Techdirt: House Passes Bill To Address The Internet Of Broken Things

Techdirt: House Passes Bill To Address The Internet Of Broken Things. “Cory Gardner, Mark Warner, and other lawmakers note the bill creates some baseline standards for security and privacy that must be consistently updated (what a novel idea), while prohibiting government agencies from using gear that doesn’t pass muster. It also includes some transparency requirements mandating that any vulnerabilities in IOT hardware are disseminated among agencies and the public quickly.”

The Internet of Things is a security nightmare reveals latest real-world analysis: unencrypted traffic, network crossover, vulnerable OSes (The Register)

The Register: The Internet of Things is a security nightmare reveals latest real-world analysis: unencrypted traffic, network crossover, vulnerable OSes. “No less than 98 per cent of traffic sent by internet-of-things (IoT) devices is unencrypted, exposing huge quantities of personal and confidential data to potential attackers, fresh analysis has revealed.”

Engadget: Carnegie Mellon built an ‘opt-out’ system for nearby tracking devices

Engadget: Carnegie Mellon built an ‘opt-out’ system for nearby tracking devices. “It’s getting easier to control what your smart home devices share, but what about the connected devices beyond your home? Researchers at Carnegie Mellon’s CyLab think they can give you more control. They’ve developed an infrastructure and matching mobile app (for Android and iOS) that not only informs you about the data nearby Internet of Things devices are collecting, but lets you opt in or out. If you’re not comfortable that a device in the hallway is tracking your presence, you can tell it to forget you.”

BBC: Keeping rats out of kitchens and bedbugs out of hotels

BBC: Keeping rats out of kitchens and bedbugs out of hotels. “When construction work disturbed a pack of rats near his commercial kitchen business in County Wicklow, Ireland, Shane Bonner knew he needed a savvier approach to pest control…. So he opted for a more hi-tech approach. Pest Pulse traps use pressure sensor technology to identify a catch and alert the company straight away over the internet.”

ZDNet: Hacker leaks passwords for more than 500,000 servers, routers, and IoT devices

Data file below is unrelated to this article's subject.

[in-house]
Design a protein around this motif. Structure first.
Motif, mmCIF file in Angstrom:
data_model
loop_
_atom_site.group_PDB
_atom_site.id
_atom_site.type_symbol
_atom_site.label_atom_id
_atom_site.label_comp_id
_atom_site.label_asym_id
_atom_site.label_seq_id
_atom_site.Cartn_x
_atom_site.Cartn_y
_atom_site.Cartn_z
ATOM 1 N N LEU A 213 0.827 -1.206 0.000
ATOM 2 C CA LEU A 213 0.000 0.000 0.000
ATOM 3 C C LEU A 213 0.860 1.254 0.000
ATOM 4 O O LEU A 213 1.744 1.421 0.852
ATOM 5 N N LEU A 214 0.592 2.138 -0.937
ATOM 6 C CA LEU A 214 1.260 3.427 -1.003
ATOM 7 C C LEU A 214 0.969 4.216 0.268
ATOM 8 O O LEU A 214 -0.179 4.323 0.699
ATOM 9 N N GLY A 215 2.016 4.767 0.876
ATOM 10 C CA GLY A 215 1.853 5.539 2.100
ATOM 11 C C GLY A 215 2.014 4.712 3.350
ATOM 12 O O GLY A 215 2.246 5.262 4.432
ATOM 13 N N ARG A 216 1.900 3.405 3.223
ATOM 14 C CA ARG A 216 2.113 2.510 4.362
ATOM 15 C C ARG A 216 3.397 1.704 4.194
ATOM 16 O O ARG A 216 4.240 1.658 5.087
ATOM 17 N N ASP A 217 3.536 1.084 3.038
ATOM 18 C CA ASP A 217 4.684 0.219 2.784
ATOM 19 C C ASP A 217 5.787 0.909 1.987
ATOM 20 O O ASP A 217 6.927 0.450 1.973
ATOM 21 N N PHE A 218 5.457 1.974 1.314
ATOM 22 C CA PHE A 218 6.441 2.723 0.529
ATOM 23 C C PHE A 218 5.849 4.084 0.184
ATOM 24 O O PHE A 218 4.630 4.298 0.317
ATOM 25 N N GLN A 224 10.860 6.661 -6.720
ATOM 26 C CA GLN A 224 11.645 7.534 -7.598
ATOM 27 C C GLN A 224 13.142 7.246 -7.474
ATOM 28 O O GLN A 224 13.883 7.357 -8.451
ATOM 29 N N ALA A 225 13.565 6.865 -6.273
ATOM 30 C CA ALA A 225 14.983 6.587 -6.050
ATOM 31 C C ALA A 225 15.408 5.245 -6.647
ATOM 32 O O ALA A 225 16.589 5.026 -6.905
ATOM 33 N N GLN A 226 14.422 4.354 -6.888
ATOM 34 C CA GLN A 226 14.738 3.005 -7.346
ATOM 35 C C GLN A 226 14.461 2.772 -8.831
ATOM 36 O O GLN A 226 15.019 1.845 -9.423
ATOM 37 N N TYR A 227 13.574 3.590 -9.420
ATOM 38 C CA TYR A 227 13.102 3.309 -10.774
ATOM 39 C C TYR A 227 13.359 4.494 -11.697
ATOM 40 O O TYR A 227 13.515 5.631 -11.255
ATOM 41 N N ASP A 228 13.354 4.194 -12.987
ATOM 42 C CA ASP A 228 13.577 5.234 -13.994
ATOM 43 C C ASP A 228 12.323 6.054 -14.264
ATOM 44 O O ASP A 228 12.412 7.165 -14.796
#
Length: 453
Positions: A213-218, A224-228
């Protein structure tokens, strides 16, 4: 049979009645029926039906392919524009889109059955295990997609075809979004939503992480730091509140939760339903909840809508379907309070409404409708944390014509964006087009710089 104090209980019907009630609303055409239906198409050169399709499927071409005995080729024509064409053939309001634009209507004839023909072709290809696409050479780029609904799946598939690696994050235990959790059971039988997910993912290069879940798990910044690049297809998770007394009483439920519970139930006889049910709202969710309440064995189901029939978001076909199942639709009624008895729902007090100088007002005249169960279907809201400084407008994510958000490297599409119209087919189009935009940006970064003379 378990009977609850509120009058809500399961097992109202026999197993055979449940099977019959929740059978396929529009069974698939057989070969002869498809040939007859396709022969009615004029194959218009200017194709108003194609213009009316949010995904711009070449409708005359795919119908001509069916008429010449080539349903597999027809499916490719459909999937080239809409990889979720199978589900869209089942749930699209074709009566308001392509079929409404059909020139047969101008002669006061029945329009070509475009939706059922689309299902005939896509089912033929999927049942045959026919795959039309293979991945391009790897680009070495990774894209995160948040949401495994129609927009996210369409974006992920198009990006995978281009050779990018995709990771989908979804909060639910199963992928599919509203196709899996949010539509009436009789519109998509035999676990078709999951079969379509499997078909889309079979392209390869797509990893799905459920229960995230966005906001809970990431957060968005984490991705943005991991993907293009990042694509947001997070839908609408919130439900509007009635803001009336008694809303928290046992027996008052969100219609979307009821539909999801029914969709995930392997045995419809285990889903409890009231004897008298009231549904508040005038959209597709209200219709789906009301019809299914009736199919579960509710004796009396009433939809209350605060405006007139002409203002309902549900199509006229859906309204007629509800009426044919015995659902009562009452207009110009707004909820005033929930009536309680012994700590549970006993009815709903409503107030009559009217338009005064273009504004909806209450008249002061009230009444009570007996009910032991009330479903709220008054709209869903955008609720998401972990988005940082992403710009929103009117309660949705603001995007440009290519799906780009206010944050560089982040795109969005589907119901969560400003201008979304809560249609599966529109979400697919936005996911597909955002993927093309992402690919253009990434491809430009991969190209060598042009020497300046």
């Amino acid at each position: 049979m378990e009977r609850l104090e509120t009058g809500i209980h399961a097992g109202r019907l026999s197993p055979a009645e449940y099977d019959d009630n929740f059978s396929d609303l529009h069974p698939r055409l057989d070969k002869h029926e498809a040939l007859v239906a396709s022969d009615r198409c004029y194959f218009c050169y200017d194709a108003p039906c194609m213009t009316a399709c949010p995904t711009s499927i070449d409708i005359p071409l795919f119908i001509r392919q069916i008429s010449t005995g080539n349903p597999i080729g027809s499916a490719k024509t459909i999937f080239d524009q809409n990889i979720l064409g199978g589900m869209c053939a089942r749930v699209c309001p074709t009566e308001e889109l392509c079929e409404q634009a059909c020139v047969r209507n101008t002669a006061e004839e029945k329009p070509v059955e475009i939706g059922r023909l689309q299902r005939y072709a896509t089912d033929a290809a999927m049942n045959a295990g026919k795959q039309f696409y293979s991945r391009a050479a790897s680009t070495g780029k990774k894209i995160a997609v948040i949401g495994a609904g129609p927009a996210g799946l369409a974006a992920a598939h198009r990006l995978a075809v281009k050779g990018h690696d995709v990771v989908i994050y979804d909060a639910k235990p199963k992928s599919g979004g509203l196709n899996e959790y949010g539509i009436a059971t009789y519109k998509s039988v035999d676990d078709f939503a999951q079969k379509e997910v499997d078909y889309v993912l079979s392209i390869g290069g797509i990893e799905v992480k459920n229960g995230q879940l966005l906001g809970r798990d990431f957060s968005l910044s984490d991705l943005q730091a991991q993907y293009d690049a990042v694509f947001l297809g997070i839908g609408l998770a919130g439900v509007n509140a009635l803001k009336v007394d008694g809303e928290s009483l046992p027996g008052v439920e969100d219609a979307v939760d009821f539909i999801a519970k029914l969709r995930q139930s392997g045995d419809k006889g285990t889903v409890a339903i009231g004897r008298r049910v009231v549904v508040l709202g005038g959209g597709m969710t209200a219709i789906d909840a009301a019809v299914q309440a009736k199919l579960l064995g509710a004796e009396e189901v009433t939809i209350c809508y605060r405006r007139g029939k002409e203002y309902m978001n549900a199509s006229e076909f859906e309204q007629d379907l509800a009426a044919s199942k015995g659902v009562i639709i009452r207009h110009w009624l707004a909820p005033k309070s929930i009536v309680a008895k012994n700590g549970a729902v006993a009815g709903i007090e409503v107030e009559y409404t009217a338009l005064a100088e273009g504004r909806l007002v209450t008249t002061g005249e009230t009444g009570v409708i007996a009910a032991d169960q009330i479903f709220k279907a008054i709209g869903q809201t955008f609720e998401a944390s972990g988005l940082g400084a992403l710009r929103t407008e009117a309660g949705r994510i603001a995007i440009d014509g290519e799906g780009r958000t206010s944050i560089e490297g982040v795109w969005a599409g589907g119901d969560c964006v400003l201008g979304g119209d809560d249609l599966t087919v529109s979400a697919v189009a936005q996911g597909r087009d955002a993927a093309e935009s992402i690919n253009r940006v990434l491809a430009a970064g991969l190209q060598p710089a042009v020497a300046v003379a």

ZDNet: Hacker leaks passwords for more than 500,000 servers, routers, and IoT devices. “A hacker has published this week a massive list of Telnet credentials for more than 515,000 servers, home routers, and IoT (Internet of Things) ‘smart’ devices. The list, which was published on a popular hacking forum, includes each device’s IP address, along with a username and password for the Telnet service, a remote access protocol that can be used to control devices over the internet.”

Wired: An Open Source Effort to Encrypt the Internet of Things

Wired: An Open Source Effort to Encrypt the Internet of Things. “End-to-end encryption is a staple of secure messaging apps like WhatsApp and Signal. It ensures that no one—even the app developer—can access your data as it traverses the web. But what if you could bring some version of that protection to increasingly ubiquitous—and notoriously insecure—Internet of Things devices?”

Techdirt: UL Pushes Security Standards For The Internet Of Broken Things

Techdirt: UL Pushes Security Standards For The Internet Of Broken Things. “f you hadn’t noticed yet, the internet of things is a security and privacy shit show. Millions of poorly-secured internet-connected devices are now being sold annually, introducing massive new attack vectors and vulnerabilities into home and business networks nationwide. Thanks to IOT companies and evangelists that prioritize gee-whizzery and profits over privacy and security, your refrigerator can now leak your gmail credentials, your kids’ Barbie doll can now be used as a surveillance tool, and your ‘smart’ tea kettle can now open your wireless network to attack.”